“Give Me the Ball.”

The Steelers-Cowboys rivalry of the 70’s may not have achieved the critical mass that the Yankees-Dodgers reached before it or that the Celtics-Lakers achieved after it, but it was the key sports rivalry of the 70’s.

“Hollywood” Henderson insulted Bradshaw, insisting the Blond Bomber couldn’t spell “cat” if you give him the “c” and the “t.” He backed up his trash talk with a late hit on Bradshaw. In the huddle, a furious Franco Harris commanded, “Give me the ball.”

Even though it was 3rd and 9, Bradshaw complied.

  • Franco ran 22 yards for a touchdown.

There’s your recipe for an NFL Hall of Famer: An instinctual player, dedicated to maximizing his God-given talent, who is loyal to his teammates and delivers a big play when the game is on the line.

Franco Harris: Steelers Nation’s First Citizen & Spreader of the Faith

Franco Harris’ football resume is enough to earn him the honor of having his number retired. But what really made Franco special was his work off the field. As Tony Defeo argues, Franco Harris embraced his “Italian Army” which helped give rise to Steelers Nation.

But what most people don’t know, is that Franco remained close with the Army’s founder Al Vento and his family for the rest of his life.

Franco Harris was active in the Greater Pittsburgh Community. His efforts on behalf of charities, foundations and other civic organizations are too numerous to try to list here. And he was committed to social justice.

Dan Rooney, Franco Harris, Mike Wagner, Jon Kolb, Gerry Mullins

Dan Rooney with Franco Harris and several other “Super Steelers” Photo Credit: Post-Gazette

As Dan Rooney related in his autobiography, the Pittsburgh police contacted Franco who was planning a sit-in in protest of a Ku Klux Klan rally. Both the police and Rooney feared for Franco’s safety. Rooney talked Franco into joining a counter, peaceful protest, that far outnumbered the Klan that day.

  • Through it all, Franco Harris maintained his humility.

As former ABC Radio Executive Mike Silverstein recounted, when Franco arrived in Pittsburgh, he took the “71 Negley bus from his place in the Friendship/Garfield neighborhood for the first seven weeks of the regular season.”

Can you imagine, even in 1972, any other NFL first round draft pick taking the bus to work?

But, as the sign that hung in Coach Eric Taylor’s locker room reminded us on Friday Night Lights, “Character is what you do when no one else is looking.”

  • In reality, Franco passed fictional coach Taylor’s test time-and-time again.

During the height of the Iraq War, a story circulated on the internet of a solider meeting Franco at the airport, asking for a picture. Franco asked where he was going. “Iraq via Atlanta” the Hall of Famer was told. Franco wished him luck.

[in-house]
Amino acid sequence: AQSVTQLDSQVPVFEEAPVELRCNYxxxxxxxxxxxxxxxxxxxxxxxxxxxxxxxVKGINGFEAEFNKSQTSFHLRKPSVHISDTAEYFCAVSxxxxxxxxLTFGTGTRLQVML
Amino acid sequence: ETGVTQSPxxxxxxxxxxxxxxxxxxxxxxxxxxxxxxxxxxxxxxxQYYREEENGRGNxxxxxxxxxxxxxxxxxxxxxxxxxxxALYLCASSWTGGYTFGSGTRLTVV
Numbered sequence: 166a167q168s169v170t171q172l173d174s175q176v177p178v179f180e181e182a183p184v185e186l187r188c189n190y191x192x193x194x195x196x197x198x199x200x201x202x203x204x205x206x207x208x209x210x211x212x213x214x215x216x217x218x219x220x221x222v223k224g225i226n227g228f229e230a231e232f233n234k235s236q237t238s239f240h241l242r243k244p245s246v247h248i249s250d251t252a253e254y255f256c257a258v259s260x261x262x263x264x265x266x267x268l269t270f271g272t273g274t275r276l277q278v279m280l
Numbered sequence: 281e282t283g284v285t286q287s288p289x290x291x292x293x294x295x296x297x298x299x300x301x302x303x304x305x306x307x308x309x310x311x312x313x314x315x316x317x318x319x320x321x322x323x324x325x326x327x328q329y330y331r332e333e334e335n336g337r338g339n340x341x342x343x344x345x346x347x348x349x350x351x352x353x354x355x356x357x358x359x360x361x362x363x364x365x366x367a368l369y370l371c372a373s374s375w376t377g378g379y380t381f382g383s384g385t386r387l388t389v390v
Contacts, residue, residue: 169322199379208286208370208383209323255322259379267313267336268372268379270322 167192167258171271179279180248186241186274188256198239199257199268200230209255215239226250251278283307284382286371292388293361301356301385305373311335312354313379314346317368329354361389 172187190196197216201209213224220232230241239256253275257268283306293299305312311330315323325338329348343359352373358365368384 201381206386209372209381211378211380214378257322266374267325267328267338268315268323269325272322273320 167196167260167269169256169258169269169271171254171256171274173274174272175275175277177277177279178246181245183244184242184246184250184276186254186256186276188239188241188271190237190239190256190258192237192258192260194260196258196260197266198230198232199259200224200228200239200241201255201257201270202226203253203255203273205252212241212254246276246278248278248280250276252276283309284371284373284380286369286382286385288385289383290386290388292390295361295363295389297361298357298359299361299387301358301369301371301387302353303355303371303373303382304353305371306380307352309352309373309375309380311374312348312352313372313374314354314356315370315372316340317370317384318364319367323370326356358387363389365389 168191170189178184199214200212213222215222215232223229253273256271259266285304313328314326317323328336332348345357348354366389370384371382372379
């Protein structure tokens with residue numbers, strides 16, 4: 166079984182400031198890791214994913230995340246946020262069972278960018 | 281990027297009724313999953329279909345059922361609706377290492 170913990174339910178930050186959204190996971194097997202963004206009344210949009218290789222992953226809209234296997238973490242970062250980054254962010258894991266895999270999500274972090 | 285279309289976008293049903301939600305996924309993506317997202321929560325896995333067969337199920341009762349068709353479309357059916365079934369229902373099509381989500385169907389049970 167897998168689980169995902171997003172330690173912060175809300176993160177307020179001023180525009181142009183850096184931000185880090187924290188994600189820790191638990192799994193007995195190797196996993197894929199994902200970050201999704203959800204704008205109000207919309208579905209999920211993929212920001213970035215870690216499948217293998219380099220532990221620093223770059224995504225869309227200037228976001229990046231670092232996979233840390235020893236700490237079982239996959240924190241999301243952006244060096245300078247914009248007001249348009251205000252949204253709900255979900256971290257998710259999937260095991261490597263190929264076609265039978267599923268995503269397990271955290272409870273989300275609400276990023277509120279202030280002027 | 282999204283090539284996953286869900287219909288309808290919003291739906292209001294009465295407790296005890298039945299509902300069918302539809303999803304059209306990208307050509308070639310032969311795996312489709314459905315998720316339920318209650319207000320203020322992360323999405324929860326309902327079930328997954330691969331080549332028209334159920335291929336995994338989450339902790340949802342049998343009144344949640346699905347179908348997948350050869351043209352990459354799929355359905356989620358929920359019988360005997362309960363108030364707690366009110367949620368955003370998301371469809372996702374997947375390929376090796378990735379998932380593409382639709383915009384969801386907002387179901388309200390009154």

When the solider arrived at the gate, he found out that he’d been upgraded to first class and seated next to Harris for his trip to Atlanta.

  • That’s just who Franco Harris was.

I know, because something similar happened to a friend of mine. I met Mateo Labriola (he insists there’s no relation to Bob, but we don’t quite believe him) when he started a Steelers Argentina Twitter account. Through the years we became friends, and have watched a few games together (including the 2015 playoff win over Cincinnati.)

In 2017 Mateo and his mother traveled to the US to see the Steelers play the Bengals in Cincinnati (the game where Shazier’s career ended) and the Ravens in Pittsburgh. They stopped at Canton, Ohio and the Pro Football Hall of Fame.

Franco Harris happened to be at an event in Canton that day. Mateo approached the organizers saying, “Hey, I’ve come all the way from Argentina. I’m a Steelers fan. Is it possible to meet Franco Harris in person?”

Franco Harris, Mateo Labriola, Steelers Argentina

Franco Harris with Argentine Steelers fan in Canton, Ohio, 2017.

He was told to wait. Franco sure enough came out, met Mateo and took a picture with him.

  • You can imagine this happening with any number of sports figures, but not what comes next.

Franco asked him if he was going to the game in Pittsburgh that coming week. Mateo said yes, he had tickets, but his mother didn’t. Franco solved that problem for him, by inviting them both to see the game from his Luxury box at Heinz Field!

Not only did he do that for two strangers from Argentina, Franco drove in his own car to Mateo’s hotel, and personally dropped off the tickets at the hotel, stopping to take pictures with everyone in the lobby. Franco’s son insisted on not letting them pay for any food or drink during the event (and as someone who has organized corporate events at stadiums, I can assure you luxury box food prices are anything but cheap.)

  • That is what Franco Harris did while no one was looking.

Franco Harris was a great player. As Joe Greene, Dan Rooney and Art Rooney II observed, the Steelers never won anything before Franco Harris arrived, never suffered a losing season while he wore the Black and Gold, and have had a lot more difficulty winning since he left.

  • But as the stories here show, Franco Harris was an ever greater person than he was a player.

Steelers Nation hasn’t just lost one of his greatest Hall of Famers, it has lost perhaps its greatest ambassador.

Rest in Peace Franco Harris, our thoughts and prayers are with you, your wife Dana and his son Dok.

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Growing Pains: Steelers 16-10 Loss to Dolphins, 2-5 Record Obscures Painful Progress

Frustrating. Disappointing. Unfortunate. These words come to mind after the Pittsburgh Steelers 16-10 loss to the Miami Dolphins on Sunday Night Football.

Mike Tomlin labeled it a hard-fought defensive battle that slipped through their fingers, thanks to 4 dropped interceptions by Pittsburgh vs 3 that the Dolphins caught.